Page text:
U Medical School to Honor Body Donors, Families

U Medical School to Honor Body Donors, Families

May 20, 2003 6:00 PM

The 96 people who donated their bodies to the University of Utah School of Medicine last year will be honored May 23 in a service at Salt Lake City Cemetery.

The 11 a.m. ceremony in the cemeterys northwest corner, where donor cremains are interred, will include a scripture reading, music, and refreshments. Donor family members and the public are invited to attend.

"This grave site is the resting place of nearly 2,000 body donors," said Kerry Peterson, director of the Us body donor program. "It is important that these caring people and their families be recognized and honored for their significant contribution to science and medicine."

A. Lorris Betz, M.D., Ph.D., U of U senior vice president for health sciences and dean of the medical school, will convey the Universitys appreciation to donor families, and Kurt Albertine, Ph.D., professor of anatomy, also will speak briefly.

The service, expected to last 45 minutes, also will include a congregational sharing for family members or others to express their thoughts.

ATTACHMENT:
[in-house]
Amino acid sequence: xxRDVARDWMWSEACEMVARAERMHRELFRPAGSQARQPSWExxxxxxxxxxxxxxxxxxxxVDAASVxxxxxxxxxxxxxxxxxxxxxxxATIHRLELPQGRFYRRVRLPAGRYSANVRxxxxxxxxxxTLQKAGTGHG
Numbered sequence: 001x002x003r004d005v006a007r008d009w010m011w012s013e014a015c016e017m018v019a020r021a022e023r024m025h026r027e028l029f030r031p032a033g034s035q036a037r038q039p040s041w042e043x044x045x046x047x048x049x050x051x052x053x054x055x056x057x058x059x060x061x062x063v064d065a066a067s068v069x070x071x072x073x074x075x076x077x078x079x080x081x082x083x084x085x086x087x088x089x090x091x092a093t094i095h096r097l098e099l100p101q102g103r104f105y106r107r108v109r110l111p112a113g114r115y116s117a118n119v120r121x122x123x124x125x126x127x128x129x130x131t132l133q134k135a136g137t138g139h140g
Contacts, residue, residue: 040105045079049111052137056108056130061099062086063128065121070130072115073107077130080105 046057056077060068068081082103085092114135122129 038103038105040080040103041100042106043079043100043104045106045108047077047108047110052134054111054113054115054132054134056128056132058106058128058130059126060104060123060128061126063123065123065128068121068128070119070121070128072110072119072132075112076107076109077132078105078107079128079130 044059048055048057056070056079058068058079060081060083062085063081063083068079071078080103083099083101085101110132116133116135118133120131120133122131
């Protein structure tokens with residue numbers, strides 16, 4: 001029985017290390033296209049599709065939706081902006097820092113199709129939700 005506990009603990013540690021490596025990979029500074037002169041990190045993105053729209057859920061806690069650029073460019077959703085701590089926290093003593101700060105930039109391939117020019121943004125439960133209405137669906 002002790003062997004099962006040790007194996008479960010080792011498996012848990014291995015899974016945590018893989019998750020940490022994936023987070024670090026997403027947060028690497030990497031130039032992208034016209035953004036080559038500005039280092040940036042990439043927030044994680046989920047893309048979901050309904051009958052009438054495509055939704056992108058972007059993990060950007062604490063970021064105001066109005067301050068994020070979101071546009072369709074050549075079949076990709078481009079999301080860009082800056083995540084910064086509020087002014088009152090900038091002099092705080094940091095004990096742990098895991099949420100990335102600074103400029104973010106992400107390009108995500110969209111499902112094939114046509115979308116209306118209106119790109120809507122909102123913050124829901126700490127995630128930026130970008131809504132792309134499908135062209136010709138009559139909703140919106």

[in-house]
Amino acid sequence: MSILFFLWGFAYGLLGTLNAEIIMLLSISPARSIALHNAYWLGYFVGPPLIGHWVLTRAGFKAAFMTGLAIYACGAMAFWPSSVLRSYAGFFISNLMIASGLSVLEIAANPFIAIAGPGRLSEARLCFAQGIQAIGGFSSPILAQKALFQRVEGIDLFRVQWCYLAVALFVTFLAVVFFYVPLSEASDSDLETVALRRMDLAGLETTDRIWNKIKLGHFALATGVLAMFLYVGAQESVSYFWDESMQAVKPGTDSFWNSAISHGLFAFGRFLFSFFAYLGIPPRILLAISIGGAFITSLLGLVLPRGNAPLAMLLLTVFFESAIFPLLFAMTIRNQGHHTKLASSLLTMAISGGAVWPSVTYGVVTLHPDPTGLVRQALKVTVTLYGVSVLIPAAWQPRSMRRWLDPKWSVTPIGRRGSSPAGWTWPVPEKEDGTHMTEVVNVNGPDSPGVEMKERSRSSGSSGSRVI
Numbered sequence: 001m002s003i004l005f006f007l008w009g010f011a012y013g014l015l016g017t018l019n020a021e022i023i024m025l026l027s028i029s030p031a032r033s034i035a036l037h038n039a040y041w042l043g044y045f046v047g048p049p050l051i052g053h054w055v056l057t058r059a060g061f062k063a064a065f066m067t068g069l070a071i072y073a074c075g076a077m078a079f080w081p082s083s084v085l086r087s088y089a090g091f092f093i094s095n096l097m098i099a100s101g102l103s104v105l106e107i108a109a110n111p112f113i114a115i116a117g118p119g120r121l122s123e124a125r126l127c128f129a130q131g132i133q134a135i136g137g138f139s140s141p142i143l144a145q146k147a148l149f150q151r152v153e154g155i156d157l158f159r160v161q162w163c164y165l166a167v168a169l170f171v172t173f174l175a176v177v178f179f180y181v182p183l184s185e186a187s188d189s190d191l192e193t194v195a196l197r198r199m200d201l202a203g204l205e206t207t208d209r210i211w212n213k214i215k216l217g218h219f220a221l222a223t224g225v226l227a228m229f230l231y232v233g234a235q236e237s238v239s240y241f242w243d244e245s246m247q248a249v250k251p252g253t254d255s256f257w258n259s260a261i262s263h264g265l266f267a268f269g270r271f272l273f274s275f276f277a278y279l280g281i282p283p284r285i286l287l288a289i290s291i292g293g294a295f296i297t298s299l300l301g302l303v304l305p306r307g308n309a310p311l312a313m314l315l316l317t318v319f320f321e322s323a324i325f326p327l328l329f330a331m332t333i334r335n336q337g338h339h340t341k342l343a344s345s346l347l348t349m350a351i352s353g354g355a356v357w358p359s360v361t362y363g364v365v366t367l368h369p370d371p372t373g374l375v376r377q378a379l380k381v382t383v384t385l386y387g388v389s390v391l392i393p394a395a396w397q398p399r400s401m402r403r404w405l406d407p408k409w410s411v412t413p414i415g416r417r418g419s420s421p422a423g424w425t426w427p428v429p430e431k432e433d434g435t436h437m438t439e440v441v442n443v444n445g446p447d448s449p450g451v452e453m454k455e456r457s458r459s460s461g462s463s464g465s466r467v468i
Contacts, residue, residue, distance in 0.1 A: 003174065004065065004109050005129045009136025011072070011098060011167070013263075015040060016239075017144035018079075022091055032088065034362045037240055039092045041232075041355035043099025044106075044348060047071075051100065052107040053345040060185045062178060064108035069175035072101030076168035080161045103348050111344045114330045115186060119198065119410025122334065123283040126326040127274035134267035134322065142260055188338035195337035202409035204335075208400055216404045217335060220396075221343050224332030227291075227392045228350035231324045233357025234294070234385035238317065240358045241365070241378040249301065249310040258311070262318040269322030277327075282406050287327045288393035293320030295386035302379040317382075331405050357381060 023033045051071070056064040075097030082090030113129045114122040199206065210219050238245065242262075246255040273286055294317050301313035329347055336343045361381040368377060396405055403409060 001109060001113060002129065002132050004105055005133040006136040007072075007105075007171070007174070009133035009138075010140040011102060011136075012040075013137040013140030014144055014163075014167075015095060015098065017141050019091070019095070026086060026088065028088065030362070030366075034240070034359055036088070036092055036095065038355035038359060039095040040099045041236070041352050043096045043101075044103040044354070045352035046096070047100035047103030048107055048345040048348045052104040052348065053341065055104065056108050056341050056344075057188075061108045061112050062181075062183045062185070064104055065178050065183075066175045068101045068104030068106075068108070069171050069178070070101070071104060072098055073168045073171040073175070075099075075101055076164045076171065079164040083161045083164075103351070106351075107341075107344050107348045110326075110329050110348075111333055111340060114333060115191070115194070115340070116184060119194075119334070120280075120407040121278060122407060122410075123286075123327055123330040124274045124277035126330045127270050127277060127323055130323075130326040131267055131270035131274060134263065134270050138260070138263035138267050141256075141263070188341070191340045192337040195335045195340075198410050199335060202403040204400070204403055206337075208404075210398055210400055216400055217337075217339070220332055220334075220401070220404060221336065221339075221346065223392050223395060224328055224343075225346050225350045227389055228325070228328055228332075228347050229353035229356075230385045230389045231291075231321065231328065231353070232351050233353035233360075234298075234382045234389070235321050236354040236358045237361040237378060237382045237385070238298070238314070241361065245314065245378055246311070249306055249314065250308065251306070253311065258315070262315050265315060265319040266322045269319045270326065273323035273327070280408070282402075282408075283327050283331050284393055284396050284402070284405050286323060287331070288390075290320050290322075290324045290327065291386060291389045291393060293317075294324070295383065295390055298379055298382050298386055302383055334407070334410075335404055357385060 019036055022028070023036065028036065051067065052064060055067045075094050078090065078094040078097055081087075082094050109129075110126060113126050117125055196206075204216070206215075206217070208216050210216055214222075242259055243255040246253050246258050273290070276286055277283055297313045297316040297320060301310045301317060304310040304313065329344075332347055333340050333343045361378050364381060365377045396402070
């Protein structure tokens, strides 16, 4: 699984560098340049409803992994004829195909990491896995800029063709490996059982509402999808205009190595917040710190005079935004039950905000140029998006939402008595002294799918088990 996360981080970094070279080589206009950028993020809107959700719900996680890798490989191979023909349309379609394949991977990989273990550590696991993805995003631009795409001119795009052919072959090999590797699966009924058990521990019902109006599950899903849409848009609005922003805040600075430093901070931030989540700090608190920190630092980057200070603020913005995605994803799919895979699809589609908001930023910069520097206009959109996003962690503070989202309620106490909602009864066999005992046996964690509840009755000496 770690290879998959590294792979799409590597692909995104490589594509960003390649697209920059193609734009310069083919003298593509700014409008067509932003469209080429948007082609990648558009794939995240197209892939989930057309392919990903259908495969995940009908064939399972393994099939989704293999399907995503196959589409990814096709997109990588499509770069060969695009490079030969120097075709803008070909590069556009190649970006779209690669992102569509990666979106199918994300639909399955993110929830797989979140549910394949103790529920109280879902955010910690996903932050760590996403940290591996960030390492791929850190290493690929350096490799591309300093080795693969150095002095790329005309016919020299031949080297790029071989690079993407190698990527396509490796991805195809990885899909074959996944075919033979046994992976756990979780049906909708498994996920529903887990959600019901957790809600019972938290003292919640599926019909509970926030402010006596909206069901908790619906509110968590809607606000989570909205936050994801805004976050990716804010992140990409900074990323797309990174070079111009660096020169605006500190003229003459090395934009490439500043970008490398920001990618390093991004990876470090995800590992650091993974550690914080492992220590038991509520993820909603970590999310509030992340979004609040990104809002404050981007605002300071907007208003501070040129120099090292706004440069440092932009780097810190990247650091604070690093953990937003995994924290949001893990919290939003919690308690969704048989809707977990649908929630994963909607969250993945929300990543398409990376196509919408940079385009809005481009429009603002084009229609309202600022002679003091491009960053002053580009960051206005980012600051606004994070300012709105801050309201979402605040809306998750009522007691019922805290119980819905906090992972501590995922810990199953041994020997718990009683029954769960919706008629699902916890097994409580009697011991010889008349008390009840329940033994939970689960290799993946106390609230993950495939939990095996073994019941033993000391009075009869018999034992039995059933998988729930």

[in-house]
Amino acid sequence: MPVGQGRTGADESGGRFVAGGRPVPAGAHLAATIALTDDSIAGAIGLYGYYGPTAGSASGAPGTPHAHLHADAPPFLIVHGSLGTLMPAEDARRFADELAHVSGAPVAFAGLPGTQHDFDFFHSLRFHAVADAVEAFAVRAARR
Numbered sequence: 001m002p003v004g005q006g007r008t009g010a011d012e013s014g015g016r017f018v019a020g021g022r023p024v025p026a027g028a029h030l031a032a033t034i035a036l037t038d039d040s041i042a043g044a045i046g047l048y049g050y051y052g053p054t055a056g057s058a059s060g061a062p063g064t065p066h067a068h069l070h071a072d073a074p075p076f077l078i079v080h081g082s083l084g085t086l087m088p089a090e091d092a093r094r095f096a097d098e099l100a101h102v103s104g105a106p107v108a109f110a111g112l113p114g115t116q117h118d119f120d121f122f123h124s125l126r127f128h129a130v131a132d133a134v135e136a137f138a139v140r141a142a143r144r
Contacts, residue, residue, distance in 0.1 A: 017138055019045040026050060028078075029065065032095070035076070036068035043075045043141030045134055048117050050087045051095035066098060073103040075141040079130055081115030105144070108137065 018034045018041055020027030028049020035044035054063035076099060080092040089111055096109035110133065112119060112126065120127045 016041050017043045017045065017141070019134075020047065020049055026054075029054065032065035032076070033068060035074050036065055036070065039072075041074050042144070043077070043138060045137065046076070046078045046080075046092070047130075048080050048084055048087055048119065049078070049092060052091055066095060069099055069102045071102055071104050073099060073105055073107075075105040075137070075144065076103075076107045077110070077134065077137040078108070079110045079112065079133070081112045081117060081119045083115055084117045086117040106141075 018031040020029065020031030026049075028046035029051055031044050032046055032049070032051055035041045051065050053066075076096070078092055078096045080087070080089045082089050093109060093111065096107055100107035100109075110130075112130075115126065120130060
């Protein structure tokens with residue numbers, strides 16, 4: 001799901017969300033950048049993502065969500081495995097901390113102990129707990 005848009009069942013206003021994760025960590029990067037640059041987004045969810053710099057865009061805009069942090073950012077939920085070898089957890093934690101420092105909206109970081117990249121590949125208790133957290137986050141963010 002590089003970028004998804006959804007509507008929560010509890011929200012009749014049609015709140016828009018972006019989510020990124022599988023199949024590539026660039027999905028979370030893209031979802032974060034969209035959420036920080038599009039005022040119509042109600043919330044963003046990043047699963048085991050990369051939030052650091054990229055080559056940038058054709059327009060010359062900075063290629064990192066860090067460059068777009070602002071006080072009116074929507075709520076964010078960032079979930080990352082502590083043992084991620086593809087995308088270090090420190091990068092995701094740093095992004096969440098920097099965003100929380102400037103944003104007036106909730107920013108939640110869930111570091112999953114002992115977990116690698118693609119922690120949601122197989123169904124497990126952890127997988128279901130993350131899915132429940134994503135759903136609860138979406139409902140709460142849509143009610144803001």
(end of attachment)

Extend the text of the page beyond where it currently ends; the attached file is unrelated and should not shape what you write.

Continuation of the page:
The body donor program began in the earliest days of the medical school, with the bodies of indigents and executed prison inmates being designated for medical and educational use in the 1920s and 1930s. The volunteer program began in the 1940s when the medical school became a four-year, degree-granting program.

Bodies are used to teach anatomy to medical students, and for research, and then are cremated. The cremains go to the donor family or are interred in the city cemetery.

Even though the medical school received 96 bodies last year, more are needed, according to Peterson.

For more information about the program, contact Peterson at the medical school Department of Neurobiology and Anatomy, 801-581-6728.

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